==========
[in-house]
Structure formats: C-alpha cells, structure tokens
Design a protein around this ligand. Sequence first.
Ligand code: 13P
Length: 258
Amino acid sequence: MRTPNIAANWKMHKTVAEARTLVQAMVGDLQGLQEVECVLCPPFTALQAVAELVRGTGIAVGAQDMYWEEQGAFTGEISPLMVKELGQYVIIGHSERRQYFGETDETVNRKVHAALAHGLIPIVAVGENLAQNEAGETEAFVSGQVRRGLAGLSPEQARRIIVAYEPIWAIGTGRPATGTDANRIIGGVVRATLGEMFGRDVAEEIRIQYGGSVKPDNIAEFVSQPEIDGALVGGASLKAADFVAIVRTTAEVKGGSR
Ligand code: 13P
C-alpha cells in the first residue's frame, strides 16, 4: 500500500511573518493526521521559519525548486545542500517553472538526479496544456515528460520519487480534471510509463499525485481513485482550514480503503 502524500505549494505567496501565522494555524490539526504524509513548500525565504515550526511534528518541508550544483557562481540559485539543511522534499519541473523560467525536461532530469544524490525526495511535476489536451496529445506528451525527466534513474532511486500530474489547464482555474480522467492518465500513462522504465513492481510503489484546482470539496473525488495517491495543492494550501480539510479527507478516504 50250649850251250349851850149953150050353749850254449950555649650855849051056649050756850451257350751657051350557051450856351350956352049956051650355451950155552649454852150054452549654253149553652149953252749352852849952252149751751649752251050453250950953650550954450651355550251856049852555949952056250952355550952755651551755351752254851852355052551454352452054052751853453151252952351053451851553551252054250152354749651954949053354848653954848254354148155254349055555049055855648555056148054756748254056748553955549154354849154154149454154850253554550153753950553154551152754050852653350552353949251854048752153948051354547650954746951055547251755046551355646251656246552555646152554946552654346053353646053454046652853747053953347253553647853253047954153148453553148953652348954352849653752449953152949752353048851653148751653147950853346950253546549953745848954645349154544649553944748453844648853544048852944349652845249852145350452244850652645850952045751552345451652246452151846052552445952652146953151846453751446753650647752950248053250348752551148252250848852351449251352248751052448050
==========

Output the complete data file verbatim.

[in-house]
Structure formats: C-alpha cells, structure tokens
Design a protein around this ligand. Sequence first.
Ligand code: 13P
Length: 258
Amino acid sequence: MRTPNIAANWKMHKTVAEARTLVQAMVGDLQGLQEVECVLCPPFTALQAVAELVRGTGIAVGAQDMYWEEQGAFTGEISPLMVKELGQYVIIGHSERRQYFGETDETVNRKVHAALAHGLIPIVAVGENLAQNEAGETEAFVSGQVRRGLAGLSPEQARRIIVAYEPIWAIGTGRPATGTDANRIIGGVVRATLGEMFGRDVAEEIRIQYGGSVKPDNIAEFVSQPEIDGALVGGASLKAADFVAIVRTTAEVKGGSR
Ligand code: 13P
C-alpha cells in the first residue's frame, strides 16, 4: 500500500511573518493526521521559519525548486545542500517553472538526479496544456515528460520519487480534471510509463499525485481513485482550514480503503 502524500505549494505567496501565522494555524490539526504524509513548500525565504515550526511534528518541508550544483557562481540559485539543511522534499519541473523560467525536461532530469544524490525526495511535476489536451496529445506528451525527466534513474532511486500530474489547464482555474480522467492518465500513462522504465513492481510503489484546482470539496473525488495517491495543492494550501480539510479527507478516504 50250649850251250349851850149953150050353749850254449950555649650855849051056649050756850451257350751657051350557051450856351350956352049956051650355451950155552649454852150054452549654253149553652149953252749352852849952252149751751649752251050453250950953650550954450651355550251856049852555949952056250952355550952755651551755351752254851852355052551454352452054052751853453151252952351053451851553551252054250152354749651954949053354848653954848254354148155254349055555049055855648555056148054756748254056748553955549154354849154154149454154850253554550153753950553154551152754050852653350552353949251854048752153948051354547650954746951055547251755046551355646251656246552555646152554946552654346053353646053454046652853747053953347253553647853253047954153148453553148953652348954352849653752449953152949752353048851653148751653147950853346950253546549953745848954645349154544649553944748453844648853544048852944349652845249852145350452244850652645850952045751552345451652246452151846052552445952652146953151846453751446753650647752950248053250348752551148252250848852351449251352248751052448050